A unique alternate choice recently became available, with an innovative update to KVHs mini-VSAT Broadband network and the introduction of its 1m TracPhone® V11 antenna. KVH was able to add a C-band overlay to the existing Ku-band network, which gives the TracPhone V11 near-global coverage (75 degrees North to 70 degrees South latitude) in one dome, and on one airtime rate plan. This service, available now, offers coverage similar to that of Ka-band networks that are expected to come online in the next few years.
In the coming months and years, the maritime satellite communications industry will have access to great innovation, just as it has in preceding years. We can expect to see live service from Ka-band satellites currently being launched sometime in 2012. While capacity on these satellites is very high, most early solutions will offer a combination of new Ka-band services and established Ku-band services, ensuring reliability as the new services are adopted and put into use in real-world applications.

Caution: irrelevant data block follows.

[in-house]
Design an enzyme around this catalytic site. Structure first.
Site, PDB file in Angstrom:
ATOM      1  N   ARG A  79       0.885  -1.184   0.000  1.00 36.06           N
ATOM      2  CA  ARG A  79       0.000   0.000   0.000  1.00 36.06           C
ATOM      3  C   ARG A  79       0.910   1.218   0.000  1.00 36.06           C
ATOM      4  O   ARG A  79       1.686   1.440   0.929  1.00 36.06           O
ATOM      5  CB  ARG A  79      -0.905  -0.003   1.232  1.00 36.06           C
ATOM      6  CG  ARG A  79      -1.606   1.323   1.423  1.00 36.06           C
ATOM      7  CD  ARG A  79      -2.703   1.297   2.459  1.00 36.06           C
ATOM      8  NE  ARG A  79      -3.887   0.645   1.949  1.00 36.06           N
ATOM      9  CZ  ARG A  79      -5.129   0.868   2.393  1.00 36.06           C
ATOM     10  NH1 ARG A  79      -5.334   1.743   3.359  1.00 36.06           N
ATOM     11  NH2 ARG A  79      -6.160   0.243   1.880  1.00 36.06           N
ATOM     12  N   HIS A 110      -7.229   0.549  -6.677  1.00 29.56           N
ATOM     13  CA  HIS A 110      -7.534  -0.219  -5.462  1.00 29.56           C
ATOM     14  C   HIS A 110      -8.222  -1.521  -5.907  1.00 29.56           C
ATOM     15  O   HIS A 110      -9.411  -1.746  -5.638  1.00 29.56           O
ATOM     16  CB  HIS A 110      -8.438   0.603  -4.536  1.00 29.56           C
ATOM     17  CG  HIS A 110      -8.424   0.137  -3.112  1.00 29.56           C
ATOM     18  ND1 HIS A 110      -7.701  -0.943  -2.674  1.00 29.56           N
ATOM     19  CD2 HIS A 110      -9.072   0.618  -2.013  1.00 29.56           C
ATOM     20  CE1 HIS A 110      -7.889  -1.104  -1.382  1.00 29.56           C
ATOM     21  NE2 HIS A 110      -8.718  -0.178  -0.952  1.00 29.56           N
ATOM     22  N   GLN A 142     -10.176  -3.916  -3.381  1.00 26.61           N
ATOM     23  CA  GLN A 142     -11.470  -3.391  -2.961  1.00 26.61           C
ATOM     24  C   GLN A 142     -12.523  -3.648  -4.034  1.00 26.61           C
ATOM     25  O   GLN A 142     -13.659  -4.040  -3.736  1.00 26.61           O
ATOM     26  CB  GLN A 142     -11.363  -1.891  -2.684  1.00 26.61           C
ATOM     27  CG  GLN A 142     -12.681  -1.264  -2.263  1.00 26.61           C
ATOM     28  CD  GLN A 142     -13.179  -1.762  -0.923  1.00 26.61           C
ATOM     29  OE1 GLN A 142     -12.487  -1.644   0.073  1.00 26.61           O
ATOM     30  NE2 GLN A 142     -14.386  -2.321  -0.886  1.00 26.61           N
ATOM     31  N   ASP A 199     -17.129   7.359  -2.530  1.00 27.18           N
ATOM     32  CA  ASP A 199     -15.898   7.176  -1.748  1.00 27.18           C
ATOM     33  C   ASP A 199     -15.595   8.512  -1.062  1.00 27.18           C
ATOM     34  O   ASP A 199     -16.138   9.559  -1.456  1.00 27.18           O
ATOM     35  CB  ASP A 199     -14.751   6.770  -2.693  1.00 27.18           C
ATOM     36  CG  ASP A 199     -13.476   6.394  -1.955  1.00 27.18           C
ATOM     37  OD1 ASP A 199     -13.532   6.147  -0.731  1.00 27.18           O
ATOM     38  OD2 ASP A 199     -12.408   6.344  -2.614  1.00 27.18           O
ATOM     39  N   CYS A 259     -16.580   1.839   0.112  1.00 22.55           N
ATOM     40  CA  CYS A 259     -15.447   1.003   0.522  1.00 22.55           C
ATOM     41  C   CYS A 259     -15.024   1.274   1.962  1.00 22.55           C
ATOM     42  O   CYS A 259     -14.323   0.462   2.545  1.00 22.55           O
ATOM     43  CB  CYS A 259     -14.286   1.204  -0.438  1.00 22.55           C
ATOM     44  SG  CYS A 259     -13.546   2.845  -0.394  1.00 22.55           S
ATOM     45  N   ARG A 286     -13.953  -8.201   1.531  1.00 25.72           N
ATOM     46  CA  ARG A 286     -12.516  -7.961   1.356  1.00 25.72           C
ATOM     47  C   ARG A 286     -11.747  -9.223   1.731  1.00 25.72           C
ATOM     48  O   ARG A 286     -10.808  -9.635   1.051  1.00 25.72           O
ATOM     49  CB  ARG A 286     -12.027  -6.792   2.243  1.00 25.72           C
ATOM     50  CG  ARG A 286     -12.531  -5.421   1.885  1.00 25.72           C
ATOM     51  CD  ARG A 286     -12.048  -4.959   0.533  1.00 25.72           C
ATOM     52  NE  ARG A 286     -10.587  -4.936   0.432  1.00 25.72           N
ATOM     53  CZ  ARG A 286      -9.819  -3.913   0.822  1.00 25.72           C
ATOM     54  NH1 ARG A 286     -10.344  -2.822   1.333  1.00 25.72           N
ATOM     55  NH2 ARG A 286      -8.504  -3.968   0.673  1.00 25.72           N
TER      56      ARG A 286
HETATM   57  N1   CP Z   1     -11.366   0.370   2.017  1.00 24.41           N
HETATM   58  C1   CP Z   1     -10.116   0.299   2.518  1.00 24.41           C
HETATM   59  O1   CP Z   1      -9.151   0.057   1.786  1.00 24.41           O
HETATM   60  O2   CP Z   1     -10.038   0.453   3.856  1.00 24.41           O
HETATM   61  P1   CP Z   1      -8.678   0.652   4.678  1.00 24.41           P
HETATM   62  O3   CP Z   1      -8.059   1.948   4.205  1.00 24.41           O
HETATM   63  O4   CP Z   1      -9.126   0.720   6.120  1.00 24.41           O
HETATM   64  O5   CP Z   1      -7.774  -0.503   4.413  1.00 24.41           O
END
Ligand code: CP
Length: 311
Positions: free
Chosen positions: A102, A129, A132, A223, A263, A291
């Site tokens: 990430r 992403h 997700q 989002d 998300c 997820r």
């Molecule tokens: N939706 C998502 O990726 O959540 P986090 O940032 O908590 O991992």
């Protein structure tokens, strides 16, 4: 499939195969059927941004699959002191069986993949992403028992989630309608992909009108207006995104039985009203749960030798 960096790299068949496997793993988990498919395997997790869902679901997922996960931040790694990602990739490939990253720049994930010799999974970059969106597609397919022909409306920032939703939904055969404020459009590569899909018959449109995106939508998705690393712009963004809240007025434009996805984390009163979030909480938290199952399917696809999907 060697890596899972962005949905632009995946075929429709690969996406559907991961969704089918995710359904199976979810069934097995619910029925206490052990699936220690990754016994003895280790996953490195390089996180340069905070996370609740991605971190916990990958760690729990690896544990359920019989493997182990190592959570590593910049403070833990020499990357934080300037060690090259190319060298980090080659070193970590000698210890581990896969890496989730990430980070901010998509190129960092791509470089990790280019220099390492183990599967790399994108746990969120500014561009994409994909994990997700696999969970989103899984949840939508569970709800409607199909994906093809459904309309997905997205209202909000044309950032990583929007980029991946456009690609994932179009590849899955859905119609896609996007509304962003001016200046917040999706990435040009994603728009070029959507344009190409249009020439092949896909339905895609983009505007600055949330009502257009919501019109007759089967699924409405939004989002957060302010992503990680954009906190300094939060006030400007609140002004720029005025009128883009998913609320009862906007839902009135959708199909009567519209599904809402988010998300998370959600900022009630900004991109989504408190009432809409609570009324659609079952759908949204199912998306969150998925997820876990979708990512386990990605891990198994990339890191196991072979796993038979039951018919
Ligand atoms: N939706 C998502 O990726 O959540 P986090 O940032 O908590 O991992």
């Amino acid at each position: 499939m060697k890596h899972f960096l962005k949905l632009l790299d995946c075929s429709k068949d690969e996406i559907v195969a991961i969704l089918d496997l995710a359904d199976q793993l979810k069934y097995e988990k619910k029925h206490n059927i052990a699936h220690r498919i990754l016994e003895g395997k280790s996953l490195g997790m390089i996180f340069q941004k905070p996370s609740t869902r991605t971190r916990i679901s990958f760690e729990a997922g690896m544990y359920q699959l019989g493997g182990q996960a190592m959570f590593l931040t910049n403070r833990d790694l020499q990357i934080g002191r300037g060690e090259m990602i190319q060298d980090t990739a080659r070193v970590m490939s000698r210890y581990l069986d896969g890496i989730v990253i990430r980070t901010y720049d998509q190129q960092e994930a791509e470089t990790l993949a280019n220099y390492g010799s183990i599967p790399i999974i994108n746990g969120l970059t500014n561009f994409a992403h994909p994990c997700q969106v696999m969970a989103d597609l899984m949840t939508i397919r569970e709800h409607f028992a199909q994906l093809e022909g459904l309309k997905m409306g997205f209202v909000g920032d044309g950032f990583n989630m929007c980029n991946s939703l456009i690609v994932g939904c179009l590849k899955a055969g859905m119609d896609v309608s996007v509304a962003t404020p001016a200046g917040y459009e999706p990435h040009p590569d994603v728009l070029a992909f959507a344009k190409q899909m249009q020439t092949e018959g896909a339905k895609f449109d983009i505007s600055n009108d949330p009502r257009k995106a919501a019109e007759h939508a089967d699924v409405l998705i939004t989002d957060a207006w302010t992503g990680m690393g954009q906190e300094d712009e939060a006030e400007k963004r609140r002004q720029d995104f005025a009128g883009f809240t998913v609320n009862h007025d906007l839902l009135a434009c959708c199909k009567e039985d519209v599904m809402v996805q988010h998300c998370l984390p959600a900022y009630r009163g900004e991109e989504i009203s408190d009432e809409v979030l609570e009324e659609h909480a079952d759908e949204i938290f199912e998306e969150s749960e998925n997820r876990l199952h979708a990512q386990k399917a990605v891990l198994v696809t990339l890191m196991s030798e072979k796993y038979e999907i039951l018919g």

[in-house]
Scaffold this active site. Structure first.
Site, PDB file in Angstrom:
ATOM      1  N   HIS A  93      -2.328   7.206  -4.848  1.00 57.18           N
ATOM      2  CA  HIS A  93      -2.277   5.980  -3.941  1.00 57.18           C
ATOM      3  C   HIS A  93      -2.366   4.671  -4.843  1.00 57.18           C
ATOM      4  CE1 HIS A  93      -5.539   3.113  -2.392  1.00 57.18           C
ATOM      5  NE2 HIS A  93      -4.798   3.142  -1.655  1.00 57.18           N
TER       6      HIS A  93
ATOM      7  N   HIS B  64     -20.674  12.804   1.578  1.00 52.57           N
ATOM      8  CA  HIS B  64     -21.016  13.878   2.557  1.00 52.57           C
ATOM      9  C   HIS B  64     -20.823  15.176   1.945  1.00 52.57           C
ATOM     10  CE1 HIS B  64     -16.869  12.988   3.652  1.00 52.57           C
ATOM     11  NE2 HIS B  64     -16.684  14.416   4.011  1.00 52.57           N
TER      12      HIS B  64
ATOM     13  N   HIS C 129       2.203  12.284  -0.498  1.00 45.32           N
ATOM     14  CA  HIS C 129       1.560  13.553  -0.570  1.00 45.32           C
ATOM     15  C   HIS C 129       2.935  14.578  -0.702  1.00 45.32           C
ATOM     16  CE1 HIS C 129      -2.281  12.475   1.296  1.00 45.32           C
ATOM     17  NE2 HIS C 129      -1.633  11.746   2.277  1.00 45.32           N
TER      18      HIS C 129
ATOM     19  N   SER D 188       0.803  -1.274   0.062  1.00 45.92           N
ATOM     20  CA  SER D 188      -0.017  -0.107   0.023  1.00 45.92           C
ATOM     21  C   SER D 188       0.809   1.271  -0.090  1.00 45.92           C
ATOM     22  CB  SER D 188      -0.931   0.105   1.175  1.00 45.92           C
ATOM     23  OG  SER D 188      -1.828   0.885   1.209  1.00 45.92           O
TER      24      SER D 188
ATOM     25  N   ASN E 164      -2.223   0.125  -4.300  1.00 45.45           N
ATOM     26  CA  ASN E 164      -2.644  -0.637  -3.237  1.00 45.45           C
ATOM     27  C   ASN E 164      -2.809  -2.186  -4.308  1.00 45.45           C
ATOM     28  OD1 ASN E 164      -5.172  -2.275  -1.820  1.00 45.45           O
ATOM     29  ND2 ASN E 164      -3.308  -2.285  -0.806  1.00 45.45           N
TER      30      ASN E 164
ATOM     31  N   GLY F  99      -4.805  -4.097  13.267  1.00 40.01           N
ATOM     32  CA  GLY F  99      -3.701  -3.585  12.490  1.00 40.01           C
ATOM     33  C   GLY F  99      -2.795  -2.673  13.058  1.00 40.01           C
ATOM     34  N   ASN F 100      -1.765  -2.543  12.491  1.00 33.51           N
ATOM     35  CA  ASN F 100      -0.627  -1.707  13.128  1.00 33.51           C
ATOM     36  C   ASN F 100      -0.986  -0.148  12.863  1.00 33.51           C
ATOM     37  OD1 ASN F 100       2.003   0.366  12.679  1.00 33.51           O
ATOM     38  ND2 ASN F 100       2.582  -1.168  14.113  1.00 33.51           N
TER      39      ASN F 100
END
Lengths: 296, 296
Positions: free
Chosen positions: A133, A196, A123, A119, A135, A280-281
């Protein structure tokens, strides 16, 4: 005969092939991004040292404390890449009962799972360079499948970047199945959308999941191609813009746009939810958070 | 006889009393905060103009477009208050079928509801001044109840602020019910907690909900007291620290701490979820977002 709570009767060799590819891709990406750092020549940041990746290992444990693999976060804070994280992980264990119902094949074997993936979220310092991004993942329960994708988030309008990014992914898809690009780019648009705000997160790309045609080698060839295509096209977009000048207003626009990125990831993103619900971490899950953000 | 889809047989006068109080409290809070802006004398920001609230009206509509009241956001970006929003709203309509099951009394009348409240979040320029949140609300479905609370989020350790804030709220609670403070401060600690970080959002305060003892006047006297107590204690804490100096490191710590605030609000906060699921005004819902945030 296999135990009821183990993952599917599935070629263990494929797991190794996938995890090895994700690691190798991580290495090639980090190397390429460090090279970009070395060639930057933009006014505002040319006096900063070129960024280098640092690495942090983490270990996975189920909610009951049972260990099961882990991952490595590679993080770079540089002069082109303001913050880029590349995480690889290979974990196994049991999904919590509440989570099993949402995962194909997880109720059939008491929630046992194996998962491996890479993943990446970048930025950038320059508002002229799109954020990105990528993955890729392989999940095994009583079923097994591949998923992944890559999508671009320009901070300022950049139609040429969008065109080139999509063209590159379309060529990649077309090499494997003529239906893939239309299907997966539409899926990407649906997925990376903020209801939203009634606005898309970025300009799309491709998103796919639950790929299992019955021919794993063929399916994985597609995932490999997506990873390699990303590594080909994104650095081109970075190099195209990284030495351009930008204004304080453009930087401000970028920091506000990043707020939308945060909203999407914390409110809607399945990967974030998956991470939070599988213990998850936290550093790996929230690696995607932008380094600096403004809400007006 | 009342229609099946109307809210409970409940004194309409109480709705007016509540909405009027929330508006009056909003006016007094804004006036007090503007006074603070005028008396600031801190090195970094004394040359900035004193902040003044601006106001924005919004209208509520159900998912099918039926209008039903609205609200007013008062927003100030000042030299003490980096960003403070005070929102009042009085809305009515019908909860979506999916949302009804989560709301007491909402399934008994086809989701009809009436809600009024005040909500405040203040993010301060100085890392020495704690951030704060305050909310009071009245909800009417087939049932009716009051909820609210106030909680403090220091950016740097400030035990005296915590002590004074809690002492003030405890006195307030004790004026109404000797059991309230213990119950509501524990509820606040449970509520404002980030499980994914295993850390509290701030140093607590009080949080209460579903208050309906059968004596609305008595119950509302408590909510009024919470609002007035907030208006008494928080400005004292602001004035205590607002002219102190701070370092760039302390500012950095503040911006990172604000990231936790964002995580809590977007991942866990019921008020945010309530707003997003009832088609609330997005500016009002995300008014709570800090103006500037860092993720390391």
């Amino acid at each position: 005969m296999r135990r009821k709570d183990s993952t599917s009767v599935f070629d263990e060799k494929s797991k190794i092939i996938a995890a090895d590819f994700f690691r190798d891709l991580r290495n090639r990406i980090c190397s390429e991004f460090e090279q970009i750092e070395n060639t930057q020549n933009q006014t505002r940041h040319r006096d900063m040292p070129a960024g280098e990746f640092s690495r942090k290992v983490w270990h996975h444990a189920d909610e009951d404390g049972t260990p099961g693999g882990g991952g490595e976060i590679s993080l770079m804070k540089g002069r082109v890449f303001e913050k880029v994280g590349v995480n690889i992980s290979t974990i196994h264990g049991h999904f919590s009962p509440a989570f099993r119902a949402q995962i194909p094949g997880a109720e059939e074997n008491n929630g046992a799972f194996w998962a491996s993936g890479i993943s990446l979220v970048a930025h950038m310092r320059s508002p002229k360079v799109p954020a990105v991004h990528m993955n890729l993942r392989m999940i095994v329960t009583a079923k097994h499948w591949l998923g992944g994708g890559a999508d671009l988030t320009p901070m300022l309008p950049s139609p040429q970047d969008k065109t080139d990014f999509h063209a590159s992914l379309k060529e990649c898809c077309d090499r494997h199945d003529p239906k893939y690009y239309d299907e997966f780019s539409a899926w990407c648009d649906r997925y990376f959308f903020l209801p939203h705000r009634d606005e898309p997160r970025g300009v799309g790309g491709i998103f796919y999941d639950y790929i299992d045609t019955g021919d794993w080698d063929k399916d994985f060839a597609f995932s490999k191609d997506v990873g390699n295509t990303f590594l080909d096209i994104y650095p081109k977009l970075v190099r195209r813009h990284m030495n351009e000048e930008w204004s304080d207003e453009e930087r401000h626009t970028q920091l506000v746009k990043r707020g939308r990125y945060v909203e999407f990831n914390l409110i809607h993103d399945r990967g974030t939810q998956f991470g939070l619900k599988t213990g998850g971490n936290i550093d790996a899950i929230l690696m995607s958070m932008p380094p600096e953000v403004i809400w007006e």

We will also see development of value-added services for existing solutions. Least-cost routing, roaming crew accounts, additional security features and integration with critical onboard applications are all in development with the major service providers. These benefits are designed to help mariners get even more out of the solutions they already have, and will support the increasing demand for maritime broadband. The world is getting smaller, and as it does, connectivity will only become more important, especially for the maritime industry.
About the author
Jim Dodez has served as KVHs vice president of marketing and strategic planning since March 2007. He joined KVH in 1986, and over the past 20+ years has held the positions of marketing director, vice president of marketing and reseller sales, and vice president of marketing. Prior to joining the company, Mr. Dodez was the marketing director at Magratten Wooley, Inc., where he managed KVHs account from 1983 to 1986. Mr. Dodez received a bachelors degree in business with an emphasis in marketing from Miami University.